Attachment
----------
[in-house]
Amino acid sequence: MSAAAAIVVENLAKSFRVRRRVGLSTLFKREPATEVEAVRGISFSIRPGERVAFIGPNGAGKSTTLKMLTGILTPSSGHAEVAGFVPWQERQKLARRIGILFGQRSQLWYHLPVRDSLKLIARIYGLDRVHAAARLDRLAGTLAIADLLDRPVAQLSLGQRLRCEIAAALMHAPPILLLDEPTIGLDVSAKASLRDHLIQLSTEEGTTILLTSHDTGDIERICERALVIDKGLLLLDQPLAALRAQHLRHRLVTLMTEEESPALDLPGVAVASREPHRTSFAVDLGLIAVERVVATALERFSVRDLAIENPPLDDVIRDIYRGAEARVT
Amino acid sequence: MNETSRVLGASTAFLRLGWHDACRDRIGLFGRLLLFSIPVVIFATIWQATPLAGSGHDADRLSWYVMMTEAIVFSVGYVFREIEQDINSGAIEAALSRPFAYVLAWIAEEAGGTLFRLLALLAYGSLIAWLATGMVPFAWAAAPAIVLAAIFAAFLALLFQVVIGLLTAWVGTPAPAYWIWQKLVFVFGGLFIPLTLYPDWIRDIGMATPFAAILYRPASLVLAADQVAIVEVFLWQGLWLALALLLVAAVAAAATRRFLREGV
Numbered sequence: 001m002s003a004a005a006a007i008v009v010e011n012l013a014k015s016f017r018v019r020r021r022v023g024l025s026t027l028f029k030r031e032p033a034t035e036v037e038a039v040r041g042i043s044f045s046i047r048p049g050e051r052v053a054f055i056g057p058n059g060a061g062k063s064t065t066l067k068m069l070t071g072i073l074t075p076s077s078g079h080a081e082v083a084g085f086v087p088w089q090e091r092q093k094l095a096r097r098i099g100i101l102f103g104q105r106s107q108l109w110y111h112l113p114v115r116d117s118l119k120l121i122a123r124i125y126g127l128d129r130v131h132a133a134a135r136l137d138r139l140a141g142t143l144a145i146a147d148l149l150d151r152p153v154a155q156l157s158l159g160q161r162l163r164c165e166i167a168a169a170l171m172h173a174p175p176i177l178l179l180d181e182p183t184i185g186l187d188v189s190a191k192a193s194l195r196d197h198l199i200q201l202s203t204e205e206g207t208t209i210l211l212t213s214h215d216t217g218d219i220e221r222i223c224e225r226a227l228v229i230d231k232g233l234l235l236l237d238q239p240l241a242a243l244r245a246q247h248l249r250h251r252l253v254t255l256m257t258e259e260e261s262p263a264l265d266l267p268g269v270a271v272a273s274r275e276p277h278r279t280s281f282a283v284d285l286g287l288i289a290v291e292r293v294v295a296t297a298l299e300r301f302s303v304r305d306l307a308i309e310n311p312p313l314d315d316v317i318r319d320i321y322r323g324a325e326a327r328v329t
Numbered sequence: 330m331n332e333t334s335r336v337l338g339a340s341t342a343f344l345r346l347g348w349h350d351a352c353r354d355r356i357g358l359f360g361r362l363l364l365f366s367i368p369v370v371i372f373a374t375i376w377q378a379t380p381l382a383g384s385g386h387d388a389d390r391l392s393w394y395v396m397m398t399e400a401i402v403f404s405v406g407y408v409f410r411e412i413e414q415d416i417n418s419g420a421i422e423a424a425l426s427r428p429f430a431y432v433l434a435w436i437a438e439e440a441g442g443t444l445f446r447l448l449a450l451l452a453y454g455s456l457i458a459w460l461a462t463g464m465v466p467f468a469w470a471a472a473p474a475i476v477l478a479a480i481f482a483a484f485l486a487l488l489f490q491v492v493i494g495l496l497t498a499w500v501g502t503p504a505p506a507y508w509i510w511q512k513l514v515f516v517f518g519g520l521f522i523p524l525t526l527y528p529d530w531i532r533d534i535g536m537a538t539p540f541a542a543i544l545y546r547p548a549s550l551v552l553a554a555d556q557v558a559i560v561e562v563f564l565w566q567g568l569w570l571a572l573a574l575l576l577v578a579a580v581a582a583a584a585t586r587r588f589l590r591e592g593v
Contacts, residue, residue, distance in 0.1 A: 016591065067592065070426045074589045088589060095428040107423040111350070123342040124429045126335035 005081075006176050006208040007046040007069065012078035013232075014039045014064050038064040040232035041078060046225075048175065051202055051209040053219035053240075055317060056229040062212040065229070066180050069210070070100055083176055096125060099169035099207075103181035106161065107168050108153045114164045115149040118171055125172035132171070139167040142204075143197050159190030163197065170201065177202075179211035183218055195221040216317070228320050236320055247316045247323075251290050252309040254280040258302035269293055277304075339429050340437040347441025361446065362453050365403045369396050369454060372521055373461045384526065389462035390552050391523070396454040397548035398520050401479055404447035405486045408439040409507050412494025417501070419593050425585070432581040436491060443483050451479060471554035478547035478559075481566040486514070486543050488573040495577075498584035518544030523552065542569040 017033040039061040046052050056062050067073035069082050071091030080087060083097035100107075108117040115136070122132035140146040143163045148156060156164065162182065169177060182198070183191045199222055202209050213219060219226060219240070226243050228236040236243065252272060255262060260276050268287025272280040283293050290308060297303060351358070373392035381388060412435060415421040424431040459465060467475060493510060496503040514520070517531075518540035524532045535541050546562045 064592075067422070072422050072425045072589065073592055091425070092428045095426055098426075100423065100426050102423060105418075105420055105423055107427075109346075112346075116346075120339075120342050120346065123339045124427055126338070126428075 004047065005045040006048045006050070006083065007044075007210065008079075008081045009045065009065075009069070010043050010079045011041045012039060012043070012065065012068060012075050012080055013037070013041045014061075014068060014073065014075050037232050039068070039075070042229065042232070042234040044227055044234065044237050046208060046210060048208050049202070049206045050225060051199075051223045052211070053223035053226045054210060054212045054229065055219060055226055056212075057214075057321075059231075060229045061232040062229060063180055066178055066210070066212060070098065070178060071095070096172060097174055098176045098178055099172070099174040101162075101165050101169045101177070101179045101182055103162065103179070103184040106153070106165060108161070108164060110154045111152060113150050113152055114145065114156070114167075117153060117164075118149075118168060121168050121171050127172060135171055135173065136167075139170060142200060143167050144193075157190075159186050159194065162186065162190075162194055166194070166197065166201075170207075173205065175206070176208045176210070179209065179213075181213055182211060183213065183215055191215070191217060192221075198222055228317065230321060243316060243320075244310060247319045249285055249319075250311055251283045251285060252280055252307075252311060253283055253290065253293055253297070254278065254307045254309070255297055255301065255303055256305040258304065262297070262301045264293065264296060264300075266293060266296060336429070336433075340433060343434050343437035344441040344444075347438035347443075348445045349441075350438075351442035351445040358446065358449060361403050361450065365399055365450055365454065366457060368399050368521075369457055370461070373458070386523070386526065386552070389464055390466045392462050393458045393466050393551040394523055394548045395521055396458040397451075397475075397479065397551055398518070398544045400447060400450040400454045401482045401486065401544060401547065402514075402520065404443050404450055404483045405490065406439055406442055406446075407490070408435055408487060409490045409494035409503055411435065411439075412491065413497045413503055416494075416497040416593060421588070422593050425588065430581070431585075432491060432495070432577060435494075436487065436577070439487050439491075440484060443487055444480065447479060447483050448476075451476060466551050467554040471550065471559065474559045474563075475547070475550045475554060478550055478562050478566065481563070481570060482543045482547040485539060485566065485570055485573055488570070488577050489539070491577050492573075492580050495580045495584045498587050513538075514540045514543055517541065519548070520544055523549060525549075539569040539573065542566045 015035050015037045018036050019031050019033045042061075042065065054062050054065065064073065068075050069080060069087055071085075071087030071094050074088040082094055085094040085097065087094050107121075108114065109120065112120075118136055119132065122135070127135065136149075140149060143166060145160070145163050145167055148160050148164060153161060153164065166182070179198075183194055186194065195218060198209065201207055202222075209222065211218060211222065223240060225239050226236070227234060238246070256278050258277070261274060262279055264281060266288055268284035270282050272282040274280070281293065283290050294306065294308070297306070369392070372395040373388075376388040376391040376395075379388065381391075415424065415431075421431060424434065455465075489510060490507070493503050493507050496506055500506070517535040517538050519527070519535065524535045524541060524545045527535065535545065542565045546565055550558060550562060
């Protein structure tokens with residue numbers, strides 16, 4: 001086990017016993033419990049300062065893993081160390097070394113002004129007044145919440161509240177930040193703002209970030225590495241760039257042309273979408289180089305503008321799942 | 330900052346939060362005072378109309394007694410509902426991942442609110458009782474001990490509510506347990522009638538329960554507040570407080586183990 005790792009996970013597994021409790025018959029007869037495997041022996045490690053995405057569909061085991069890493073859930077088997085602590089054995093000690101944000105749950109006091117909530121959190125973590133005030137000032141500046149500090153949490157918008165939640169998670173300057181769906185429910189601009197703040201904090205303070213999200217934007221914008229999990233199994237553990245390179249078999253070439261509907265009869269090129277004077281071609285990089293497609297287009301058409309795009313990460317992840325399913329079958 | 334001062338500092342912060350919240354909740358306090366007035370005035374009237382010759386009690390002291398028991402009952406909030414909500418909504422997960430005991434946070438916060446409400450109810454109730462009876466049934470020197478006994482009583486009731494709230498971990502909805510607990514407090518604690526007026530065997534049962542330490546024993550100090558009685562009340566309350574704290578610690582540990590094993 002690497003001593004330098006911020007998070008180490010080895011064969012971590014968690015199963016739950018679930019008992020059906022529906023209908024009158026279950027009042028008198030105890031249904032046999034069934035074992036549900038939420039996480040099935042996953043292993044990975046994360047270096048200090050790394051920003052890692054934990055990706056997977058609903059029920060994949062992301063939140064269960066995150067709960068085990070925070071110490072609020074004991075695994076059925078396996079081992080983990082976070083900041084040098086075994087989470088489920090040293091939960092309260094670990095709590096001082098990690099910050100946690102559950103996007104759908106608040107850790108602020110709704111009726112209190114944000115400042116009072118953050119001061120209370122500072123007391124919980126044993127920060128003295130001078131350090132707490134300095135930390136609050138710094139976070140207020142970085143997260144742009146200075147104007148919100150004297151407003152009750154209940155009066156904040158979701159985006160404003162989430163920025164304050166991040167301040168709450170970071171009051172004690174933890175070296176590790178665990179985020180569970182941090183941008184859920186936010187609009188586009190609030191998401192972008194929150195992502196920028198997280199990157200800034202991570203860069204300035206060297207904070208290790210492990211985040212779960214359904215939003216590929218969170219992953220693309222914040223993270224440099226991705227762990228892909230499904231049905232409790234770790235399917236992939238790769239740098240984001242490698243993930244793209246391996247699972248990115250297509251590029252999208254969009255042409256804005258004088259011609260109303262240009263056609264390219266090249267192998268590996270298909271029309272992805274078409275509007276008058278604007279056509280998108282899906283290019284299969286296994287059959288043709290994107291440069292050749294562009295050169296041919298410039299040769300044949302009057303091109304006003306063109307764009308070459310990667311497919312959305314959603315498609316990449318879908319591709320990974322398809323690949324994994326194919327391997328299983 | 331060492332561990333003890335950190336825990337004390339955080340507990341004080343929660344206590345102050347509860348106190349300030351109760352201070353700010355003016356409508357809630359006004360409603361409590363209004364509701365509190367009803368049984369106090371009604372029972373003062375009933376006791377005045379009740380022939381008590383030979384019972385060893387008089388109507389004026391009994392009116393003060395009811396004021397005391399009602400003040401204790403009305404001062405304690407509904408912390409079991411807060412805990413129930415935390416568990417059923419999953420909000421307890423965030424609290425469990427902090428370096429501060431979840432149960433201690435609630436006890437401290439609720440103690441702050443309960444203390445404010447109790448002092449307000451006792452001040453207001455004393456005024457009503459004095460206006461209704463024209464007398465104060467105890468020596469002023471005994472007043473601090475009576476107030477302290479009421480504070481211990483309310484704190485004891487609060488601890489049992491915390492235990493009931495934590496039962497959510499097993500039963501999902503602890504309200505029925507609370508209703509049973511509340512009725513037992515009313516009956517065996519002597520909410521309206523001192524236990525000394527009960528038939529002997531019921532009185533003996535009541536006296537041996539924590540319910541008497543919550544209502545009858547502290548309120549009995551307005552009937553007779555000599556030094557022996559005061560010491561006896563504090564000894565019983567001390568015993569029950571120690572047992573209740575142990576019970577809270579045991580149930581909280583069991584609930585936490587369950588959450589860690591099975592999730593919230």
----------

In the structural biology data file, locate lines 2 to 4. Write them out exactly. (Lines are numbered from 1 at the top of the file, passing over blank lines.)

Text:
Amino acid sequence: MSAAAAIVVENLAKSFRVRRRVGLSTLFKREPATEVEAVRGISFSIRPGERVAFIGPNGAGKSTTLKMLTGILTPSSGHAEVAGFVPWQERQKLARRIGILFGQRSQLWYHLPVRDSLKLIARIYGLDRVHAAARLDRLAGTLAIADLLDRPVAQLSLGQRLRCEIAAALMHAPPILLLDEPTIGLDVSAKASLRDHLIQLSTEEGTTILLTSHDTGDIERICERALVIDKGLLLLDQPLAALRAQHLRHRLVTLMTEEESPALDLPGVAVASREPHRTSFAVDLGLIAVERVVATALERFSVRDLAIENPPLDDVIRDIYRGAEARVT
Amino acid sequence: MNETSRVLGASTAFLRLGWHDACRDRIGLFGRLLLFSIPVVIFATIWQATPLAGSGHDADRLSWYVMMTEAIVFSVGYVFREIEQDINSGAIEAALSRPFAYVLAWIAEEAGGTLFRLLALLAYGSLIAWLATGMVPFAWAAAPAIVLAAIFAAFLALLFQVVIGLLTAWVGTPAPAYWIWQKLVFVFGGLFIPLTLYPDWIRDIGMATPFAAILYRPASLVLAADQVAIVEVFLWQGLWLALALLLVAAVAAAATRRFLREGV
Numbered sequence: 001m002s003a004a005a006a007i008v009v010e011n012l013a014k015s016f017r018v019r020r021r022v023g024l025s026t027l028f029k030r031e032p033a034t035e036v037e038a039v040r041g042i043s044f045s046i047r048p049g050e051r052v053a054f055i056g057p058n059g060a061g062k063s064t065t066l067k068m069l070t071g072i073l074t075p076s077s078g079h080a081e082v083a084g085f086v087p088w089q090e091r092q093k094l095a096r097r098i099g100i101l102f103g104q105r106s107q108l109w110y111h112l113p114v115r116d117s118l119k120l121i122a123r124i125y126g127l128d129r130v131h132a133a134a135r136l137d138r139l140a141g142t143l144a145i146a147d148l149l150d151r152p153v154a155q156l157s158l159g160q161r162l163r164c165e166i167a168a169a170l171m172h173a174p175p176i177l178l179l180d181e182p183t184i185g186l187d188v189s190a191k192a193s194l195r196d197h198l199i200q201l202s203t204e205e206g207t208t209i210l211l212t213s214h215d216t217g218d219i220e221r222i223c224e225r226a227l228v229i230d231k232g233l234l235l236l237d238q239p240l241a242a243l244r245a246q247h248l249r250h251r252l253v254t255l256m257t258e259e260e261s262p263a264l265d266l267p268g269v270a271v272a273s274r275e276p277h278r279t280s281f282a283v284d285l286g287l288i289a290v291e292r293v294v295a296t297a298l299e300r301f302s303v304r305d306l307a308i309e310n311p312p313l314d315d316v317i318r319d320i321y322r323g324a325e326a327r328v329t